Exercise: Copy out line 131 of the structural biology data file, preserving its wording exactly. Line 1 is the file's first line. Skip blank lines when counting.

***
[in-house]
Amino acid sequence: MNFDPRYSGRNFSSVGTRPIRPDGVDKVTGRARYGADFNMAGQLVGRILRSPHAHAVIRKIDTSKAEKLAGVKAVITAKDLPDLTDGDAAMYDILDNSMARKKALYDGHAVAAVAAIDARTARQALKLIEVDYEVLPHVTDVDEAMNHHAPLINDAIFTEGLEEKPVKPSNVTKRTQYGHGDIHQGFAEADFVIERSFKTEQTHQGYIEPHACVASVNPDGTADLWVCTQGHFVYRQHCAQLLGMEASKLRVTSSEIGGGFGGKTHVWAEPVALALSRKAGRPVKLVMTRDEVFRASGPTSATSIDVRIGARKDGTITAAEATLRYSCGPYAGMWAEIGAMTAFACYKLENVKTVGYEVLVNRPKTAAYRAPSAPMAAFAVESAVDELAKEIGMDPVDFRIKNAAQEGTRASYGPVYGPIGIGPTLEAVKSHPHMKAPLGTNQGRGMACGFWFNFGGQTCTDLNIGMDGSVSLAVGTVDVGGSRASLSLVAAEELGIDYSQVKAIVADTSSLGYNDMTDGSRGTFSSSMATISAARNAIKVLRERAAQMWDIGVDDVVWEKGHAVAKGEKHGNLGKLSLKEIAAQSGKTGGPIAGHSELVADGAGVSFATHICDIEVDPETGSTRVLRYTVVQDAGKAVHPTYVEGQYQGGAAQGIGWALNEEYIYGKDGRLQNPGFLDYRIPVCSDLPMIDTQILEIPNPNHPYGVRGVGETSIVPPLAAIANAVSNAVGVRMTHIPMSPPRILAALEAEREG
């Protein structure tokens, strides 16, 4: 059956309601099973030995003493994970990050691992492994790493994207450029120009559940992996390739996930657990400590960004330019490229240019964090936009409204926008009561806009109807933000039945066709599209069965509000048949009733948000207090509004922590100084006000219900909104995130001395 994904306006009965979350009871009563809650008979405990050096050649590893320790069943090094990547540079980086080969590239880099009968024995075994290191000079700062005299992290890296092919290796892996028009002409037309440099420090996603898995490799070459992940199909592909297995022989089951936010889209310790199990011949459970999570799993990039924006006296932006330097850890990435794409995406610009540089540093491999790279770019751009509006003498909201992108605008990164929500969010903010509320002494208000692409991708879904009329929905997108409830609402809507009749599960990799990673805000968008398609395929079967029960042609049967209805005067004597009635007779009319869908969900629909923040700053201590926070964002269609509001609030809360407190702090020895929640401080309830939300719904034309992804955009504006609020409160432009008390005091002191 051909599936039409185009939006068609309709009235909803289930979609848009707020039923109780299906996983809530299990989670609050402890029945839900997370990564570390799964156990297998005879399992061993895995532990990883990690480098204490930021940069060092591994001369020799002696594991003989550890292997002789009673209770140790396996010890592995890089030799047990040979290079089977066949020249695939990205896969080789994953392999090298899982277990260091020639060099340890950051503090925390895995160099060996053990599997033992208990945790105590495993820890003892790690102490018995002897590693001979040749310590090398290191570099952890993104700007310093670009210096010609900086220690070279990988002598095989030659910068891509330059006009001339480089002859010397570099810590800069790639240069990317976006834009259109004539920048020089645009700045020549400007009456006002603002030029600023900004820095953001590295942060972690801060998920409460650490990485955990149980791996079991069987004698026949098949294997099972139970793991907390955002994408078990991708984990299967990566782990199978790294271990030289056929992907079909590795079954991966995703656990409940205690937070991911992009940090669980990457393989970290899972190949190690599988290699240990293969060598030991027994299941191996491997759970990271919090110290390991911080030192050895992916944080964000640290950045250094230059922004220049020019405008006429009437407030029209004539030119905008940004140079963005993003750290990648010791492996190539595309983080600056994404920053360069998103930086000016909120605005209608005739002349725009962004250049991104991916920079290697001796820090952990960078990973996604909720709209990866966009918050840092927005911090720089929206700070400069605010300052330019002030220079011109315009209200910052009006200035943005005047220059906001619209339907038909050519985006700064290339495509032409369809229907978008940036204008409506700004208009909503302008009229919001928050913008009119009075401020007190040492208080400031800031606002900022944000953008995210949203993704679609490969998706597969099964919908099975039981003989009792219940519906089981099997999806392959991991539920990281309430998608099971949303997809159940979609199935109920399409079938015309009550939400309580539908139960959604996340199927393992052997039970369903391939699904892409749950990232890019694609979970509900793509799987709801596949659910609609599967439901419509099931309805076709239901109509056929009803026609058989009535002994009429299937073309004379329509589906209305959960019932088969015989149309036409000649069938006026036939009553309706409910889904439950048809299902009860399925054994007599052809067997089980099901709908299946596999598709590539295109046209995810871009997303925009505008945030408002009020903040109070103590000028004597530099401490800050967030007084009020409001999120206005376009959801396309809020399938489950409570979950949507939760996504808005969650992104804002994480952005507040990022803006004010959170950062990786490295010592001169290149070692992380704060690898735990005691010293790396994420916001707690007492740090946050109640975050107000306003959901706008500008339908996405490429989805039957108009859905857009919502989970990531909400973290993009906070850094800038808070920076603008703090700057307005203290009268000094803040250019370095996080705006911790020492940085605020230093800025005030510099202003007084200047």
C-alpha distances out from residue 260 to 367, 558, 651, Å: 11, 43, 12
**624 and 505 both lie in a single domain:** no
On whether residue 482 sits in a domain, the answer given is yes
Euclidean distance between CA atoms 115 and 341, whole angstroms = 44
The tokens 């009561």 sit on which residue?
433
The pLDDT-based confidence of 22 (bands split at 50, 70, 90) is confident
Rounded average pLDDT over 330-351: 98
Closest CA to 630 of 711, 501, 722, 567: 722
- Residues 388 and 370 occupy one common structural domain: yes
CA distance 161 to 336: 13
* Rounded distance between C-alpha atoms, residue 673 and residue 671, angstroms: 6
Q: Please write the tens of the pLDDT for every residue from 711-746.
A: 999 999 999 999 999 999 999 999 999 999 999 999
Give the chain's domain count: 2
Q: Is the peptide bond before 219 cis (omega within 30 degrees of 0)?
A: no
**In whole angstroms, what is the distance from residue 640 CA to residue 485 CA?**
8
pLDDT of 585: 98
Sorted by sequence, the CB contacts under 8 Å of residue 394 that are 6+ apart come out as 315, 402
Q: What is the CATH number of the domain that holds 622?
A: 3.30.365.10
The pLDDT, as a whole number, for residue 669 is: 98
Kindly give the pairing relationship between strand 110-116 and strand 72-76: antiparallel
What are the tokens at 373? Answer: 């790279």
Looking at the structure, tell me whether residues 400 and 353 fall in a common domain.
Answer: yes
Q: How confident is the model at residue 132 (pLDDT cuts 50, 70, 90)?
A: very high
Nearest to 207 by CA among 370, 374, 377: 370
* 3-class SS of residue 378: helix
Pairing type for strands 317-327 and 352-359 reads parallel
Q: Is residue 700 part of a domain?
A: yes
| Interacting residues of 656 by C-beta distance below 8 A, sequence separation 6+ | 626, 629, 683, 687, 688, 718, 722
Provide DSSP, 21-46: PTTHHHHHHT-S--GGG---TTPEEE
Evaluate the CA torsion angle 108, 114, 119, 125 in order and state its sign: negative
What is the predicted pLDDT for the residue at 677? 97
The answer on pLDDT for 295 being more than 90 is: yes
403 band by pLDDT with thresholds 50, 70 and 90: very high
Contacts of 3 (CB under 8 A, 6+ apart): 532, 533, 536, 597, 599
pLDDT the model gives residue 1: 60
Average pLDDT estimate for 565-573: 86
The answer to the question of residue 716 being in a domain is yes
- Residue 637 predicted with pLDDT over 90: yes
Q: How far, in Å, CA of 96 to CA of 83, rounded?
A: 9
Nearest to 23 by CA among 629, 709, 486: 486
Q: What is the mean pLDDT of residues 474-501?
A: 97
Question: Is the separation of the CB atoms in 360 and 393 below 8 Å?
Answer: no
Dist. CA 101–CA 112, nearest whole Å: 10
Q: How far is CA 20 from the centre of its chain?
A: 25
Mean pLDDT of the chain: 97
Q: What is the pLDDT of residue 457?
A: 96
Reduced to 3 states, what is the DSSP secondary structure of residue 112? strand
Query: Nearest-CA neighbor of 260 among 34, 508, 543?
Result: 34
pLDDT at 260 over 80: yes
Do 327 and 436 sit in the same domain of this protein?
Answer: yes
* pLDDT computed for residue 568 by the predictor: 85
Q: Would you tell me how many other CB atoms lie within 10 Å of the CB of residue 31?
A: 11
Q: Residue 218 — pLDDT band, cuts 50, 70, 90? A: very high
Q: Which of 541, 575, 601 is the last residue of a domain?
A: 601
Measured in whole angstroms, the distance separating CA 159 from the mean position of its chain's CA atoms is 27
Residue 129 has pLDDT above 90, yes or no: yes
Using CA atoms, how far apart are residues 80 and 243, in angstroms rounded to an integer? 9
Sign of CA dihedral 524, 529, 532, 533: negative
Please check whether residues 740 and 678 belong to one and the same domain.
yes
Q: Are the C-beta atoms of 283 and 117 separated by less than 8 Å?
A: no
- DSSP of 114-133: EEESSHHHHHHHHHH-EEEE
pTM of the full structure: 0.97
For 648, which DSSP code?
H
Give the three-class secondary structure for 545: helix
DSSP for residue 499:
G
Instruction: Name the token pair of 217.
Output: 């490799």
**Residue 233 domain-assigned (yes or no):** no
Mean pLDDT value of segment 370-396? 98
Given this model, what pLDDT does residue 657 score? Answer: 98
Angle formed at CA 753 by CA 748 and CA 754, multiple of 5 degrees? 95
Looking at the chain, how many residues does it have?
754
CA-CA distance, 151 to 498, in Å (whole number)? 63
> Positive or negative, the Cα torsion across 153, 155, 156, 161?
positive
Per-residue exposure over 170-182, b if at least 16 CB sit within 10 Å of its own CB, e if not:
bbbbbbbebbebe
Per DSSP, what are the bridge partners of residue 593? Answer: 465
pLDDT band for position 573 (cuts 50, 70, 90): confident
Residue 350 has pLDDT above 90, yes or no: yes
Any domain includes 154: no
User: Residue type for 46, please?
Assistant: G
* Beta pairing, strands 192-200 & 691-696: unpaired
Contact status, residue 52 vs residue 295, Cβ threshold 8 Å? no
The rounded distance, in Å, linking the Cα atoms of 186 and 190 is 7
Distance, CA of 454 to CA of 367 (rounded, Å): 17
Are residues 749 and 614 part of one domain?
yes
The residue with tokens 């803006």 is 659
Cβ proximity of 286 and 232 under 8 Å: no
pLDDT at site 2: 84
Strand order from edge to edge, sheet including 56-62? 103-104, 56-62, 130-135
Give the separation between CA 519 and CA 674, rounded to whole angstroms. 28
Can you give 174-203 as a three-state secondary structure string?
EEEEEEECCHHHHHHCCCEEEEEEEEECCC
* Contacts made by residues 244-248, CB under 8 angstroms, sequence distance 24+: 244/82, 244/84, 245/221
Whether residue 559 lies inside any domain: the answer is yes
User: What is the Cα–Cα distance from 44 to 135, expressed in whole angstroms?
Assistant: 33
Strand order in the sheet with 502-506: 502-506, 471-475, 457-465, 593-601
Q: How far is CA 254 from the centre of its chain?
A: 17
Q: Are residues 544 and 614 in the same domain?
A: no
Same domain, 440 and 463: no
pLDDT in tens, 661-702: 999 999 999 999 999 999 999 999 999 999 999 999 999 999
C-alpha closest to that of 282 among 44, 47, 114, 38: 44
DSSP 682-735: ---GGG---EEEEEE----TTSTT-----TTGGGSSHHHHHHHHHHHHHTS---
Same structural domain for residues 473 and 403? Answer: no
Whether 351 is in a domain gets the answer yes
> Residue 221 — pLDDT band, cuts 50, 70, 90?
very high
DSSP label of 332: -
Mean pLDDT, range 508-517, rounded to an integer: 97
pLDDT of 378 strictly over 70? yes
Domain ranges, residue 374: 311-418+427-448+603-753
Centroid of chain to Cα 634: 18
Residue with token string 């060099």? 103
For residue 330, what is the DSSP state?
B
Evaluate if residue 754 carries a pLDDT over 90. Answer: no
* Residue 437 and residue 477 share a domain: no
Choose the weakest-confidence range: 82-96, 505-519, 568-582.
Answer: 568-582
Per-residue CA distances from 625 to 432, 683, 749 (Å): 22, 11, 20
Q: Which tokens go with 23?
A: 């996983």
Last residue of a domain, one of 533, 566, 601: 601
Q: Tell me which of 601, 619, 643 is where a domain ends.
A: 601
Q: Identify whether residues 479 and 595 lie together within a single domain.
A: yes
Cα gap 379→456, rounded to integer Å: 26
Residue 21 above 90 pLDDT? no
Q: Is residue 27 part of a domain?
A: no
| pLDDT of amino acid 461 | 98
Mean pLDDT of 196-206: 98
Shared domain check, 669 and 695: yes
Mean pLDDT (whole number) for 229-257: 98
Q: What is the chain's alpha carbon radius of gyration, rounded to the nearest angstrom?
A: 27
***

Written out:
Same domain, 440 and 463: no